Theresa Zapata-Martin remembers when her older sister came home from a music appreciation class in high school and told her about how opera singers trained for years before being able to have a career on stage. Zapata-Martin loved the idea of that kind of dedication to music and decided she wanted to do that for the rest of her life.
Though her parents are both wonderful musicians, they were never formally trained. Yet, Zapata-Martin says all of her musical intuitions come from hearing them sing together while her mother played the piano by ear. Zapata-Martin graduated from Grand Valley in April 2009 with a bachelor's degree in music. Her focus was vocal performance and musicology, which explores how music has developed historically and its functions in societies.
"When I first came here, I had already been studying voice with a faculty member since I was 14," said Zapata-Martin. "After a couple of years, I began studying voice with Dr. Kathryn Stieler. She encouraged me to indulge in my passion for art song and music theory, which took me down the road of musicology."
Along that road, Zapata-Martin was one of five outstanding minority students the American Musicological Society's Committee on Cultural Diversity selected to receive an Eileen Southern Travel Grant, to attend the 2009 AMS annual meeting in Philadelphia. Subscribers from more than 40 nations participate in the Society, founded in 1934 to advance research in the various fields of music as a branch of learning and scholarship.
"This opportunity is amazing for students my age to be able to hear lectures, ideas, and performances from the most distinguished minds in musicology," said Zapata-Martin. "Being able to network in this arena is an unparalleled opportunity, but the expense is too great for most people my age. As the only undergraduate to receive this honor, I am humbled. Most people have studied in this field for 10 or more years before attending this conference."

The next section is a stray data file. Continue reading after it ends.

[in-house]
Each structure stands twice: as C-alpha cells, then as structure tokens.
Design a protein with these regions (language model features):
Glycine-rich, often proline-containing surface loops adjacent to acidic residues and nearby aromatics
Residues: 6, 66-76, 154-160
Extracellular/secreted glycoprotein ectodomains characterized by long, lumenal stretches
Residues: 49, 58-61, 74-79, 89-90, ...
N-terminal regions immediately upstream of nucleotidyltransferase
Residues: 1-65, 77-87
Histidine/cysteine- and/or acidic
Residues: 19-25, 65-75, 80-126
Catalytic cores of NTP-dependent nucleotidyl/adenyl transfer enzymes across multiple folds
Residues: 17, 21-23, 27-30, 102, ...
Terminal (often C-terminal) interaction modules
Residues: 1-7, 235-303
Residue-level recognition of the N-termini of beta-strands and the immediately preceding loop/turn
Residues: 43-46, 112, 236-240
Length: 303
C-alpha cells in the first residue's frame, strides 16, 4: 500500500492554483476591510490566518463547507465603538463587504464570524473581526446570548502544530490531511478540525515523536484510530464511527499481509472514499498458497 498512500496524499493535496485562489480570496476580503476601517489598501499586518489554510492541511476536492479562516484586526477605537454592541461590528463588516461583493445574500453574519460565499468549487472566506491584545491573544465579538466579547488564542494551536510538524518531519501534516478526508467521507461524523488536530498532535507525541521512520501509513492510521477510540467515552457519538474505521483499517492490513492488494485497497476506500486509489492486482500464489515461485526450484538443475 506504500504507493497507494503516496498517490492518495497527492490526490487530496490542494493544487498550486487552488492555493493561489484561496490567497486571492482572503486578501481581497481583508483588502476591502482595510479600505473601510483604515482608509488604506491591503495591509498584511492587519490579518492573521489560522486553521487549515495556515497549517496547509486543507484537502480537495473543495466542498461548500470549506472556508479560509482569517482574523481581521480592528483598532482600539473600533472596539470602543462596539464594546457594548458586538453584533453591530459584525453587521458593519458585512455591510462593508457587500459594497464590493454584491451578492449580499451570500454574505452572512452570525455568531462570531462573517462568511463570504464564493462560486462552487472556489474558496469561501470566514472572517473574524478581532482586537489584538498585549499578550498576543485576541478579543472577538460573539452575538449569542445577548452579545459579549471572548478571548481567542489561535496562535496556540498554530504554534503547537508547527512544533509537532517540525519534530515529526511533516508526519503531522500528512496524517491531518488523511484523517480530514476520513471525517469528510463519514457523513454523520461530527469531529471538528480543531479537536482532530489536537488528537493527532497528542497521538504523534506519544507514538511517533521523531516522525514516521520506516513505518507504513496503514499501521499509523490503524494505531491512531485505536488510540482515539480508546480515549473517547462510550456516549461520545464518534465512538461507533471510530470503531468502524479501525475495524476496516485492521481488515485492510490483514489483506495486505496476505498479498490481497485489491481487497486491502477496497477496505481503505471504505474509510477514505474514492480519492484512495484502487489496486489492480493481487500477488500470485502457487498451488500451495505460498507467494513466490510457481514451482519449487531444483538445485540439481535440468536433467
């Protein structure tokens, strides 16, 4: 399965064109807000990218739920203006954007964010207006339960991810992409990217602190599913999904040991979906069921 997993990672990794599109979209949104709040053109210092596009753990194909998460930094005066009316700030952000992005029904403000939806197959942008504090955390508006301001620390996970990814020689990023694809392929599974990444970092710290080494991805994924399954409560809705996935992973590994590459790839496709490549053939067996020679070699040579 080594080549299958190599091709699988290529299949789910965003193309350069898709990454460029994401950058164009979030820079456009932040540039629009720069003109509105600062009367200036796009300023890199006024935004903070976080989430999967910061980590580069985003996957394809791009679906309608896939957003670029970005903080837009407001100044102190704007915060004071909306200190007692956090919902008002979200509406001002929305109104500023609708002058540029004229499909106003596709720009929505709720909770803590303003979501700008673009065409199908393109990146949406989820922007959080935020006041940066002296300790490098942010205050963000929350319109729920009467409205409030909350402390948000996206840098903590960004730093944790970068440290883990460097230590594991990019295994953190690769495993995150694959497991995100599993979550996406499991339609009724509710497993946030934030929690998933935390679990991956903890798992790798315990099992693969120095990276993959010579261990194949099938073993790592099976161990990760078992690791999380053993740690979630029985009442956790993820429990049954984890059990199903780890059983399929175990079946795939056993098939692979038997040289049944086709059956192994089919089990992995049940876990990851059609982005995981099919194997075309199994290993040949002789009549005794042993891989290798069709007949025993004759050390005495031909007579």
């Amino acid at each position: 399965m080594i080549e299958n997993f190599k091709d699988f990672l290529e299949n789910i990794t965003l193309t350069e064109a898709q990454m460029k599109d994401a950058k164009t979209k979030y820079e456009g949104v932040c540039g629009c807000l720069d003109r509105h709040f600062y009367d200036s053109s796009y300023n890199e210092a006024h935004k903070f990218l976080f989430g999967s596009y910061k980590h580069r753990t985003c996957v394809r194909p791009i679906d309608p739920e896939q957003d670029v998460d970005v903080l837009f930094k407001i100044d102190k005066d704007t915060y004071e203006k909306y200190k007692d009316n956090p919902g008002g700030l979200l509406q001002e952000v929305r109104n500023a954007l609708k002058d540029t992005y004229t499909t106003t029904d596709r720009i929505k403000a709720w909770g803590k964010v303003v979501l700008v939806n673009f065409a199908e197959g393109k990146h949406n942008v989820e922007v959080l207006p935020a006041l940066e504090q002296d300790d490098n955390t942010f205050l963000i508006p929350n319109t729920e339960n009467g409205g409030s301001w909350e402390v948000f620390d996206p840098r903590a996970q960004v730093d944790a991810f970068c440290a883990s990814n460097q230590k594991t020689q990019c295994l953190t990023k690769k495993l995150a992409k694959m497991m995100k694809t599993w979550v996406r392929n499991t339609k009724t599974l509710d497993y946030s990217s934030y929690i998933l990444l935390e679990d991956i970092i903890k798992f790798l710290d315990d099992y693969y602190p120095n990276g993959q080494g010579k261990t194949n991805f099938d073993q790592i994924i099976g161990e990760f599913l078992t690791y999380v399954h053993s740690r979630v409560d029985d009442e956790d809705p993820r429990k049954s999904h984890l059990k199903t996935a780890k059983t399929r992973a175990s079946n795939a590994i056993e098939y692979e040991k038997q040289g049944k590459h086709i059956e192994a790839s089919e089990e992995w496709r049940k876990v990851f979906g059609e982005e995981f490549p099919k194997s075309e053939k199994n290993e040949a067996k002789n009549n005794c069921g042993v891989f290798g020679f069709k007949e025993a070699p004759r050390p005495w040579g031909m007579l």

Zapata-Martin's main interest is in art song, specifically Spanish art song. Her senior project involved research on three of the 44 songs in Hugo Wolf's "Spanisches Liederbuch," from the late 19th century. She traced the original 16th and 17th century Spanish poetry through its evolutions and later translation into German by Emanuel Geibel and Paul Heyse. She also performed the three songs.
"My experience at Grand Valley was challenging, but I truly learned how to manage my personal life, studies, and professional life," said Zapata-Martin. "My mentors, Dr. Stieler and Dr. Lisa Feurzeig, are not only brilliant instructors, but fascinating people who have inspired me."